9. Pond View

This was a hard shot to get. Too bad it isn’t what I was hoping for. The camera should have been lower and even though I knew that at the time there was no way to get it there without either going for a dip or crawling around in a patch of poison ivy.

10. Monadnock View

This shot of Mount Monadnock probably comes closest to what I was trying to do but it’s still not quite there, so I’ll have to keep trying.  I think a large part of the problem is that the landscape views that I’m seeing aren’t really comparable to the iceberg photo. But, because of this experiment if the view I’m looking for ever presents itself I think I’ll at least know what not to do when I try to get a shot of it.

Landscape photography is the supreme test of the photographer – and often the supreme disappointment.  ~Ansel Adams

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Here are a few more of those out of the ordinary things that I stumble across in my travels.

 1. Beard Lichen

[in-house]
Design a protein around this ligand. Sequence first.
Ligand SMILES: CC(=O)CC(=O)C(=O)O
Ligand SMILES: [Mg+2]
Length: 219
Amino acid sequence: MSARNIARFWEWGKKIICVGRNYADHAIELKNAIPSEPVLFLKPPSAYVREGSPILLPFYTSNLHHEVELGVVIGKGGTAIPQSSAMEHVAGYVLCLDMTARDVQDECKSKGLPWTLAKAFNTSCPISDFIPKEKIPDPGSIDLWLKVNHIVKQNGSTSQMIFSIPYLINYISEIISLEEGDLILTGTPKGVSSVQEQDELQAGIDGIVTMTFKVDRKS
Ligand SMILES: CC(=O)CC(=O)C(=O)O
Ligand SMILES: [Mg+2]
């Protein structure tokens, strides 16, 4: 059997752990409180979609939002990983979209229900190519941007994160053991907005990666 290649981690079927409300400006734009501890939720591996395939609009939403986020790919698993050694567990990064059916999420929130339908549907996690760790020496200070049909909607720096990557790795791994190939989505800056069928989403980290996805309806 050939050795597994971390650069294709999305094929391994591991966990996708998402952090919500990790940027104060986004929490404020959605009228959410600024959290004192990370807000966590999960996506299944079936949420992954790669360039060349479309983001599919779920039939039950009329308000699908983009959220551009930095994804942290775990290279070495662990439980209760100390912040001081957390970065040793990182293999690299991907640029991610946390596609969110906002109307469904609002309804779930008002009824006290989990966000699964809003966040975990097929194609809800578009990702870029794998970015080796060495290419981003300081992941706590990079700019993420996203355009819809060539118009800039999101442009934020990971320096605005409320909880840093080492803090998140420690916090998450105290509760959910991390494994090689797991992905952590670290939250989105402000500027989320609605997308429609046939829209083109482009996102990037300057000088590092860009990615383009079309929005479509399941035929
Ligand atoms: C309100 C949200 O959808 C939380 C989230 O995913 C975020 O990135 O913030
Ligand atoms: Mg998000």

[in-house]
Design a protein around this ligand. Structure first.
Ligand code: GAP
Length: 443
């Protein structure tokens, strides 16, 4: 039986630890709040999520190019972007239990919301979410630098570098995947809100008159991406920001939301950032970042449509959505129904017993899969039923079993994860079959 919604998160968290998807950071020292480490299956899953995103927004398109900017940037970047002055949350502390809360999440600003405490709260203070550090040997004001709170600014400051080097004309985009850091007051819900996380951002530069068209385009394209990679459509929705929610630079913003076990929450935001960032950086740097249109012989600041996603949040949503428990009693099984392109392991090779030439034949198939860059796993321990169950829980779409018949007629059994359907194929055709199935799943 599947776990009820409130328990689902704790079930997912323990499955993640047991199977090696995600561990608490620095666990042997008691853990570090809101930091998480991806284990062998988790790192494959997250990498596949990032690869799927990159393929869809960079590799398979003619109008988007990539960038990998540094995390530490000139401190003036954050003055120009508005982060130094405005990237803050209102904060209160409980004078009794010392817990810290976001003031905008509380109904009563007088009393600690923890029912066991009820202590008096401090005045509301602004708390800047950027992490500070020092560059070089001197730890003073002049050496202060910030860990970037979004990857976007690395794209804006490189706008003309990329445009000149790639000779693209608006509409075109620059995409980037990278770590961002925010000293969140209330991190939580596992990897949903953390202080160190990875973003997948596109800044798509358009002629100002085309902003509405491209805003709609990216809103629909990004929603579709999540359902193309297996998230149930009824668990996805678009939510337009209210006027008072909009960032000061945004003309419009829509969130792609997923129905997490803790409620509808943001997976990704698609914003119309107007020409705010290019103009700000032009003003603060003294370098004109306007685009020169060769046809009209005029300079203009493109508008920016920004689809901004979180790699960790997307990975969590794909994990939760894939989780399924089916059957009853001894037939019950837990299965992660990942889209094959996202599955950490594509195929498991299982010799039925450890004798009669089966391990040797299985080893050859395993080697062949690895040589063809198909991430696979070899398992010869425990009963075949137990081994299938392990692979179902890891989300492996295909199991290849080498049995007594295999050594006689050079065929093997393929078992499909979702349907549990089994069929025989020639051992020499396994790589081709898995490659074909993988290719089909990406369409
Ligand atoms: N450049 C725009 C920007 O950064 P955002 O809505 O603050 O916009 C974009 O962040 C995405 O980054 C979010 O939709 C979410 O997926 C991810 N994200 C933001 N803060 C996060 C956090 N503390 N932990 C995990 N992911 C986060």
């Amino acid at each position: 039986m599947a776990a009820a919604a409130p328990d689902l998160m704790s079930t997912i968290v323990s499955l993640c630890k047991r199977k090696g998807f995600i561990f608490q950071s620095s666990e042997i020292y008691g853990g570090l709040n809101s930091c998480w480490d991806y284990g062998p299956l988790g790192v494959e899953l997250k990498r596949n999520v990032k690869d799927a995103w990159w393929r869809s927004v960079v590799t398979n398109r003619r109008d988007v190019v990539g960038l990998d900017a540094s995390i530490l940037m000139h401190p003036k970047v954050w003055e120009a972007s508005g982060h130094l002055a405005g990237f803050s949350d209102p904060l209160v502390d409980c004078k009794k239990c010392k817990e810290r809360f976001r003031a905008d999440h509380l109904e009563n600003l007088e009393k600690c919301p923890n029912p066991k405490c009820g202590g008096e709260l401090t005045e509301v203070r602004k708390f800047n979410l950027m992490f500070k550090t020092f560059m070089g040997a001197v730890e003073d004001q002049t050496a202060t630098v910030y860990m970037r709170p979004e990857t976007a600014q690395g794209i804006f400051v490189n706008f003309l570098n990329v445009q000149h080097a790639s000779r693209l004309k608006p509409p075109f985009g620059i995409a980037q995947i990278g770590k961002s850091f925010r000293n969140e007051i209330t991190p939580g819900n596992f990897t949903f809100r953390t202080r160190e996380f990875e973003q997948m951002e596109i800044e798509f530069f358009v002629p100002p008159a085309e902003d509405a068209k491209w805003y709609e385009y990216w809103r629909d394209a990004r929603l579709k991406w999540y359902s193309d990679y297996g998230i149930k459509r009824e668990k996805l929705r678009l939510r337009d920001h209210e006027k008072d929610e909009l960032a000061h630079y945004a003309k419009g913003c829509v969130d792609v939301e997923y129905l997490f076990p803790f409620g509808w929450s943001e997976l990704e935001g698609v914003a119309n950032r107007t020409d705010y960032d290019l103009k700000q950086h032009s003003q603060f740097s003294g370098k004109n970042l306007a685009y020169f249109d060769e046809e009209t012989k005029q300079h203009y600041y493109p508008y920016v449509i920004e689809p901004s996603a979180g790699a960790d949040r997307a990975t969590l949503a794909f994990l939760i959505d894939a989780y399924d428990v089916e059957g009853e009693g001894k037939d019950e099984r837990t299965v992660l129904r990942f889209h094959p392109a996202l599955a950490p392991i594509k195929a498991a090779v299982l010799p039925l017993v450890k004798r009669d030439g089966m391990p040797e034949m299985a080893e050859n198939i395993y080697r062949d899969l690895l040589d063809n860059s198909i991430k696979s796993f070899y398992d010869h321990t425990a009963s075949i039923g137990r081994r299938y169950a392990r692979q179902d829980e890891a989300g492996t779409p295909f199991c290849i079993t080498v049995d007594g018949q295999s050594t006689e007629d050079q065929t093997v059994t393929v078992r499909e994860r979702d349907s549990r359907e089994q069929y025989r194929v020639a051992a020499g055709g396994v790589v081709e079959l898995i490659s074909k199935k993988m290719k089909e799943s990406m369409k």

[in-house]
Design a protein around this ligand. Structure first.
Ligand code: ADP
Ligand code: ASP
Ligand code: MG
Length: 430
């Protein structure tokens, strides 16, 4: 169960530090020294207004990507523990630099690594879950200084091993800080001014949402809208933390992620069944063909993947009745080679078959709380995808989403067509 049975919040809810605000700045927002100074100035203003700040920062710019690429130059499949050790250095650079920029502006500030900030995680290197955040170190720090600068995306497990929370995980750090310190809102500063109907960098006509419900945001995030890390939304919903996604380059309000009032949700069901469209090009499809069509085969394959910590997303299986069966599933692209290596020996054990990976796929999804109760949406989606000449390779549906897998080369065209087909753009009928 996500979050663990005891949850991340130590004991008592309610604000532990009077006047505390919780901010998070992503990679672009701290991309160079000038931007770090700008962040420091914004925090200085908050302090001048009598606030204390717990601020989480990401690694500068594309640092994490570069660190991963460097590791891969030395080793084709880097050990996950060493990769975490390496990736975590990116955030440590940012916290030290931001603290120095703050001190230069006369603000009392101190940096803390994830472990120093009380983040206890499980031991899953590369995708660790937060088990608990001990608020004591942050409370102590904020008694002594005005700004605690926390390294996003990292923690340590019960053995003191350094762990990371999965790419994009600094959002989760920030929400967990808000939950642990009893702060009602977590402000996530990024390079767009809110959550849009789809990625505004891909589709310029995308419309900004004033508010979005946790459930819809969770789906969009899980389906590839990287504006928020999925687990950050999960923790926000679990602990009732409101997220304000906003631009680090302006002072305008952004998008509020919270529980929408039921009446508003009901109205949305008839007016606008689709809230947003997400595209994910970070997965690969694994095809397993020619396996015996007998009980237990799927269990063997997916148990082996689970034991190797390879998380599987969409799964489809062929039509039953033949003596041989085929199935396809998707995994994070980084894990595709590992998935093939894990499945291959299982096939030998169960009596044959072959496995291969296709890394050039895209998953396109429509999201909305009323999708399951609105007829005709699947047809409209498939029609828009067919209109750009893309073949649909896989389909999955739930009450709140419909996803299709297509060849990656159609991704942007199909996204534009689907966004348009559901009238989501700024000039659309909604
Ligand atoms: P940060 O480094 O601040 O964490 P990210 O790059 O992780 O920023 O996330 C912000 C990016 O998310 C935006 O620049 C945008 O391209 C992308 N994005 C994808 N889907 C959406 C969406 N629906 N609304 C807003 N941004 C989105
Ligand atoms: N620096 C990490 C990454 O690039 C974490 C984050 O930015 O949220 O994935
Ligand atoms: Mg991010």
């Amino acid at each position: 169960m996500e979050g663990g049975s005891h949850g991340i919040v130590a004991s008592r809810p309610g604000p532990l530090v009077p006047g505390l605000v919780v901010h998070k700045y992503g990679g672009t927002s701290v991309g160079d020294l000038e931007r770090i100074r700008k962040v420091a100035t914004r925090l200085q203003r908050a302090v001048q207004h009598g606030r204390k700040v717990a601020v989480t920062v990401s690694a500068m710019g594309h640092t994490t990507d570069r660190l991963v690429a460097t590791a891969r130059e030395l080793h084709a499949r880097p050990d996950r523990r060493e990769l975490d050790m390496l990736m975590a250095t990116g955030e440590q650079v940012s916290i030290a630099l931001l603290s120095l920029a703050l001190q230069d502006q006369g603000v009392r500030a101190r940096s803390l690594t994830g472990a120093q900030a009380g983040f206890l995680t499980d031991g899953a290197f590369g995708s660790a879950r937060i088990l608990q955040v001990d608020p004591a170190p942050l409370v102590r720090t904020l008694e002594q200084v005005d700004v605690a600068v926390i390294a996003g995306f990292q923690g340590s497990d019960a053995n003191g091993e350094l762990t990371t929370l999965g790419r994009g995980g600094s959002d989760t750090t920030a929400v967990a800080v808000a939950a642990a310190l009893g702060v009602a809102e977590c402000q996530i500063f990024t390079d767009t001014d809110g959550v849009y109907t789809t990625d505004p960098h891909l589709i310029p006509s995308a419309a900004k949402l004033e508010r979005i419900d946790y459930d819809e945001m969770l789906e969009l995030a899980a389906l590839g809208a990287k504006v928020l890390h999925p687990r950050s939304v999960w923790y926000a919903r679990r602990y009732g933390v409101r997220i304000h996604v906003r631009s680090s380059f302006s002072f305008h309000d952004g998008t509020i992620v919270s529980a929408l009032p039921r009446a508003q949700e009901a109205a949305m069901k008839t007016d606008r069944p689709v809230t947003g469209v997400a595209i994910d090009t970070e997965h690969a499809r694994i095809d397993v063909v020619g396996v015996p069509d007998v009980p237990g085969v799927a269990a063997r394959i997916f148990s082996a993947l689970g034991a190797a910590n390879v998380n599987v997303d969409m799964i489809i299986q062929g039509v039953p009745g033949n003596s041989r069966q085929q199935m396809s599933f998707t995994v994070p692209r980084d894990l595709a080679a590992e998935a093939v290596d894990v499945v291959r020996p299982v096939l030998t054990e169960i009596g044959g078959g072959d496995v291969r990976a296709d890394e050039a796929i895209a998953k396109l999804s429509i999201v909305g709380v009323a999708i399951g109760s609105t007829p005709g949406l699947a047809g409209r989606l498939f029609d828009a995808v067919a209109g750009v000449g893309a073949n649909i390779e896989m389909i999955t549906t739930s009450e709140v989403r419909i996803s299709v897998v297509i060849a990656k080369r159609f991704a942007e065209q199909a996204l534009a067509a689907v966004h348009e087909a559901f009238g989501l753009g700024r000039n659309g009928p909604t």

Like the bones of a prehistoric reptile or the ruins of an ancient castle, beard lichens (Usnea) always remind me of the great age and great mysteries of this earth. This one has become an old friend and I visit it often. Most lichens refuse to grow where there is air pollution, so seeing them is always a good sign.

2. Bubbkegum Lichen

Ground dwelling lichens like this bubblegum lichen (Icmadophila ericetorum) will become covered with leaves and harder to see before too long.  This lichen gets its common name from the bubble gum pink fruiting bodies.

3. Scattered Rock Posy Lichen

Scattered rock posy lichen (Rhizoplaca subdiscrepans) grows on stones in full sun, so it will be visible all winter long. This is one of my favorite lichens and one of the most beautiful, in my opinion.

4. Beechnuts

Beech trees (Fagus grandifolia) are dropping their ripe nuts now and I saw a few places last week where the forest floor was littered with them.  The chipmunks and squirrels have been busy though, so you find more empty husks than anything else.

5. Beechnut  Opened

If you harvest beechnuts and then leave them alone for a day or two they will open like the one in the photo, and out will drop two kernels. Like many trees and other plants, beech trees will have a year of heavy production, known as a mast year, and then produce very few nuts for a few years afterwards. Since most of the kernels I opened were empty I have to assume that this isn’t a mast year.